Liberalism inadvertently undermines diversity. Liberalism undermines some of its own key aspirations like justice, fairness, equality, meritocracy because it cannot find a place for the body in its philosophy.

Question: what animal would you be if you were an animal?

Answer: we are already an animal. So we need to look to our animal, our body. Human reason, moral responsibility, knowledge: they are all embodied.

  • Liberalism fails to recognise the embodied nature of human reason.

  • This failure makes disputes angrier, because of the way it leads us to dispute.

  • Anger is exclusive and detrimental to diversity. So watch out when getting angry on twitter.

He showed a poem by Mary Oliver:

You do not have to be good.
You do not have to walk on your knees
For a hundred miles through the desert, repenting.
You only have to let the soft animal of your body
love what it loves.
Tell me about despair, yours, and I will tell you mine.
Meanwhile the world goes on.
Meanwhile the sun and the clear pebbles of the rain
are moving across the landscapes,
over the prairies and the deep trees,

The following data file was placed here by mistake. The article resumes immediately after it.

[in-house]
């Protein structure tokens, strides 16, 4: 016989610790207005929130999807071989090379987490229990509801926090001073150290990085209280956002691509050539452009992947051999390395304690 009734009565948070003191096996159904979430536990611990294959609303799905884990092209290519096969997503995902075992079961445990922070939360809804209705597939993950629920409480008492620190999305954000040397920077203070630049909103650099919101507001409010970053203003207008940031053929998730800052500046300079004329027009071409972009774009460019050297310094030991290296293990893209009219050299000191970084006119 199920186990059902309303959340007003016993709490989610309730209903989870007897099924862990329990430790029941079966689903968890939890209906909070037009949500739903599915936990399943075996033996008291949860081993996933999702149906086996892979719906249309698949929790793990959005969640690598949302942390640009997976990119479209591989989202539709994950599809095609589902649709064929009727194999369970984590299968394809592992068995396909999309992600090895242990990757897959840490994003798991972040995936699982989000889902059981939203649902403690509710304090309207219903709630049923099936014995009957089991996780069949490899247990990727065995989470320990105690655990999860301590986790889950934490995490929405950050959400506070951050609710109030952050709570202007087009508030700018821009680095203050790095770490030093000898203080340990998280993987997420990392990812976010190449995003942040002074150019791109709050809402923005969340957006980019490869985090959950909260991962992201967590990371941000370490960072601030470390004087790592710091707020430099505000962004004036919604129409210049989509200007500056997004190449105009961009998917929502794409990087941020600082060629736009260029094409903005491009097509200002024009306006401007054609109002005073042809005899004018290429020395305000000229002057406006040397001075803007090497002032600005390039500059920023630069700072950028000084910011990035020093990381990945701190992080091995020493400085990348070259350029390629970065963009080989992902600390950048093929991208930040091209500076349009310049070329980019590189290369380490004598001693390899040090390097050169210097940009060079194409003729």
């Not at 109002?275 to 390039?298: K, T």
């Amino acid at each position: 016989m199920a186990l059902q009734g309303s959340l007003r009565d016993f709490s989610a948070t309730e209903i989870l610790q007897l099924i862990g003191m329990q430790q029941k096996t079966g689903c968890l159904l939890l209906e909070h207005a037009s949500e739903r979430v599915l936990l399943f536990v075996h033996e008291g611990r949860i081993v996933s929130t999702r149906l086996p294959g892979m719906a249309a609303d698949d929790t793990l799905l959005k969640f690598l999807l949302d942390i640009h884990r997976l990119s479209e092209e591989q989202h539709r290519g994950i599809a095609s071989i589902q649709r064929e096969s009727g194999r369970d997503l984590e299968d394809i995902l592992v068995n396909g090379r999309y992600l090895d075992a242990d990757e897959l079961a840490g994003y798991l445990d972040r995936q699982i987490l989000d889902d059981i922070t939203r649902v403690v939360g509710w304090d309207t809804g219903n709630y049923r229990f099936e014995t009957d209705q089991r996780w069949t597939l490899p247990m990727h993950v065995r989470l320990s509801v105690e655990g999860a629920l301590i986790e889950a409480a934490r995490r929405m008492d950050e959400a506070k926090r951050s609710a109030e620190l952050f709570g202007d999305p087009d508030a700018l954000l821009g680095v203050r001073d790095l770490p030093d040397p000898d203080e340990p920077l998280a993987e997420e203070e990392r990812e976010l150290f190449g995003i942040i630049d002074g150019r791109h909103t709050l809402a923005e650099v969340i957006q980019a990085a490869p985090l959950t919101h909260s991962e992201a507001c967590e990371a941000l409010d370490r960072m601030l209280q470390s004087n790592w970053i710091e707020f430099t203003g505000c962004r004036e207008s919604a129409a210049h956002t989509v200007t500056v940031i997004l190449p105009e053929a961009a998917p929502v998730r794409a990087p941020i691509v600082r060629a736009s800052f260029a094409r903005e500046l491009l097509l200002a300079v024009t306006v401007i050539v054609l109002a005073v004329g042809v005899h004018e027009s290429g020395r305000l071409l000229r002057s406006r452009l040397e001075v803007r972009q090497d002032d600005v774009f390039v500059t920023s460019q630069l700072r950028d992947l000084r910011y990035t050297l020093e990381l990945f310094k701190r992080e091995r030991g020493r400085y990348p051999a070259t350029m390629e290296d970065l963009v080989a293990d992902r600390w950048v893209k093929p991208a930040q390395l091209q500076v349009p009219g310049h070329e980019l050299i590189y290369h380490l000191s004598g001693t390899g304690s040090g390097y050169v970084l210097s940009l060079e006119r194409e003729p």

the mountains and the rivers.
Meanwhile the wild geese, high in the clean blue air,
are heading home again.
Whoever you are, no matter how lonely,
the world offers itself to your imagination,
calls to you like the wild geese, harsh and exciting –
over and over announcing your place
in the family of things.

He told us another poem. Great! ‘to be of use’ by Marge Piercy.

Some comments:

  • Moral knowledge is practical, lived.

  • Learning to be considerate is a question of how to be, not of what to know.

  • People are generally kind, friendly, gentle, generous, but not always very considerate.

  • How is this kind of knowledge transmitted?

A conclusion:

  • Our python/django community already strongly embraces moral values.

  • We are in a position to assert values and act on them.

  • We influence the members of our community.

  • We influence other communities. They are watching us.

We are building the world.

French diesel train in Kruth, 2007 logo

About me

My name is Reinout van Rees and I work a lot with Python (programming language) and Django (website framework). I live in The Netherlands and I'm happily married to Annie van Rees-Kooiman.